3. Holden, S. & Nymoen, R., 1998. "Measuring Structural Unemployment: Is there a Rough and Ready Answer?.`," Memorandum 31/1998, Oslo University, Department of Economics.
  4. Jørgen Elmeskov & Karl Pichelmann, 1993. "Unemployment and Labour Force Participation: Trends and Cycles," OECD Economics Department Working Papers 130, OECD Publishing.
  5. Matthew D. Shapiro & Joel Slemrod, 1995. "Consumer Response to the Timing of Income: Evidence from a Change in Tax Withholding," NBER Working Papers 4344, National Bureau of Economic Research, Inc.
  6. Jean-Claude Chouraqui & Robert P. Hagemann & Nicola Sartor, 1990. "Indicators of Fiscal Policy: A Re-Examination," OECD Economics Department Working Papers 78, OECD Publishing.
  7. Barro, Robert J., 1979. "On the Determination of the Public Debt," Scholarly Articles 3451400, Harvard University Department of Economics.
  8. Rodseth, Asbjorn, 1984. "Progressive taxes and automatic stabilization in an open economy," Journal of Macroeconomics, Elsevier, vol. 6(3), pages 265-282.
  9. Peter Brandner & Leopold Diebalek & Helene Schuberth, 1998. "Structural Budget Deficits and Sustainability of Fiscal Positions in the European Union," Working Papers 26, Oesterreichische Nationalbank (Austrian Central Bank).
Full references (including those not matched with items on IDEAS)


Citations are extracted by the CitEc Project, subscribe to its RSS feed for this item.
as in new window

Cited by:
  1. Braconier, Henrik & Forsfält, Tomas, 2004. "A New Method for Constructing a Cyclically Adjusted Budget Balance: the Case of Sweden," Working Paper 90, National Institute of Economic Research.
  2. Nigel Andrew Chalk, 2002. "Structural Balances and All That," IMF Working Papers 02/101, International Monetary Fund.
  3. Martin Larch & Matteo Salto, 2003. "Fiscal rules, inertia and discretionary fiscal policy," European Economy - Economic Papers 194, Directorate General Economic and Monetary Affairs (DG ECFIN), European Commission.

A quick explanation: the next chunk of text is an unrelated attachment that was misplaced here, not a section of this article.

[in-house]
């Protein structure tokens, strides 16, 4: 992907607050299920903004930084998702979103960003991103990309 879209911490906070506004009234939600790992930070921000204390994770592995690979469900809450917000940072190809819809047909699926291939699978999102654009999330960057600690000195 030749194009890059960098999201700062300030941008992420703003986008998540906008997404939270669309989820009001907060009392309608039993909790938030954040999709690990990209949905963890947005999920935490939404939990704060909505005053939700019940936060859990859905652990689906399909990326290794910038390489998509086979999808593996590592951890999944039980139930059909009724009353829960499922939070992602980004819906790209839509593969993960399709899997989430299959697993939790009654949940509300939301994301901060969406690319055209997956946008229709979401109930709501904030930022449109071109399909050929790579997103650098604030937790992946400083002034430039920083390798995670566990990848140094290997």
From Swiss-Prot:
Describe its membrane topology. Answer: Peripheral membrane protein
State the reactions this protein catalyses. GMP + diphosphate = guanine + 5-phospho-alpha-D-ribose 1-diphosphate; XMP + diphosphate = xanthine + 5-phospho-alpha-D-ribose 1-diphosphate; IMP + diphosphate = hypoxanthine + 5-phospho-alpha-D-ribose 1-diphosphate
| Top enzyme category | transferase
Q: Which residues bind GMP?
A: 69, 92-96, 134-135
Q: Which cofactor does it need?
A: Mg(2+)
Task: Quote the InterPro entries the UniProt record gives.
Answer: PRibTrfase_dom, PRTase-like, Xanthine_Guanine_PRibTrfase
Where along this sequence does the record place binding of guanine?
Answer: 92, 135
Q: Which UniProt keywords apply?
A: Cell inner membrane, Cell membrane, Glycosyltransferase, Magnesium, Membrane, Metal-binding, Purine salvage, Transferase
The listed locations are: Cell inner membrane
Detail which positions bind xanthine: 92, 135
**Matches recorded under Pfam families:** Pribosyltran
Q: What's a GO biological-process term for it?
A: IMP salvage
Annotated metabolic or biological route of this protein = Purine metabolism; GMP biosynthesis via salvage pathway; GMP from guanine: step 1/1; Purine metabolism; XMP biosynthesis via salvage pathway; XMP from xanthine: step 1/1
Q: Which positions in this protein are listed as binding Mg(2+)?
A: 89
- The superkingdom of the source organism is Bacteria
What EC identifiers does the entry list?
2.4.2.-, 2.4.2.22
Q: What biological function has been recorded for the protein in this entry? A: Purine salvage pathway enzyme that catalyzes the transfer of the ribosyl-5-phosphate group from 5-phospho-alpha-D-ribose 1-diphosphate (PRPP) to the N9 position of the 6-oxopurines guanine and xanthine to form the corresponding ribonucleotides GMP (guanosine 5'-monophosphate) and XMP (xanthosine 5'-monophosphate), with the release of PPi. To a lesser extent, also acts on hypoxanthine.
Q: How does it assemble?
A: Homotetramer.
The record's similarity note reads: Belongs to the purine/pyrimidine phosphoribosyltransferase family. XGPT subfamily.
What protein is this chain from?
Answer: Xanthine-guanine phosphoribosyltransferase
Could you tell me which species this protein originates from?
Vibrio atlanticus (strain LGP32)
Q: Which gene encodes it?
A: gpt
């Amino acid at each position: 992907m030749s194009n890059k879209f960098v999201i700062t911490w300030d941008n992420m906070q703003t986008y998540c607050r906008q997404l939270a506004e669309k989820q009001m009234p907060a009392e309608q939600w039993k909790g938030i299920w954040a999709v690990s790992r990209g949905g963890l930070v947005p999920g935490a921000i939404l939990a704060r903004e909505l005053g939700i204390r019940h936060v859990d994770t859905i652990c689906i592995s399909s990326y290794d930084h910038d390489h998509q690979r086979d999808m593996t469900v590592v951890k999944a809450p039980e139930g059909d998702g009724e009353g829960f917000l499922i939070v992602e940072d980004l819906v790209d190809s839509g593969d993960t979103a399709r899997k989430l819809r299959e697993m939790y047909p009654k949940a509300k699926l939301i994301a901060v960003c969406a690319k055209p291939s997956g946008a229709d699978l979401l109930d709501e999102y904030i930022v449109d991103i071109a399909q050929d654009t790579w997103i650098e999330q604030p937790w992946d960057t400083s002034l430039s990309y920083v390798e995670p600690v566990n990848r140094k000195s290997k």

4. Signe Krogstrup, 2002. "Should We Pay Attention to Indicators of Fiscal Impact on Demand?," IHEID Working Papers 01-2002, Economics Section, The Graduate Institute of International Studies.
  5. Anderson, Torben M, 2002. " International Integration, Risk and the Welfare State," Scandinavian Journal of Economics, Wiley Blackwell, vol. 104(3), pages 343-64, September.
  6. Andersen, Torben M, 2002. "International Integration, Risk and the Welfare State," IZA Discussion Papers 456, Institute for the Study of Labor (IZA).
  7. Sergio Ginebri & Bernardo Maggi & Manuel Turco, 2005. "The automatic reaction of the Italian government budget to fundamentals: an econometric analysis," Applied Economics, Taylor & Francis Journals, vol. 37(1), pages 67-81.
  8. Carl E. Gjersem, 2002. "A presentation of Generational Accounting in Norway," Nordic Journal of Political Economy, Nordic Journal of Political Economy, vol. 28, pages 61-73.


This item is not listed on Wikipedia, on a reading list or among the top items on IDEAS.


Access and download statistics


When requesting a correction, please mention this item's handle: RePEc:hhs:nierwp:0067. See general information about how to correct material in RePEc.

For technical questions regarding this item, or to correct its authors, title, abstract, bibliographic or download information, contact: (Henrik Hellström).

If you have authored this item and are not yet registered with RePEc, we encourage you to do it here. This allows to link your profile to this item. It also allows you to accept potential citations to this item that we are uncertain about.

If references are entirely missing, you can add them using this form.

If the full references list an item that is present in RePEc, but the system did not link to it, you can help with this form.

If you know of missing items citing this one, you can help us creating those links by adding the relevant references in the same way as above, for each refering item. If you are a registered author of this item, you may also want to check the "citations" tab in your profile, as there may be some citations waiting for confirmation.

Please note that corrections may take a couple of weeks to filter through the various RePEc services.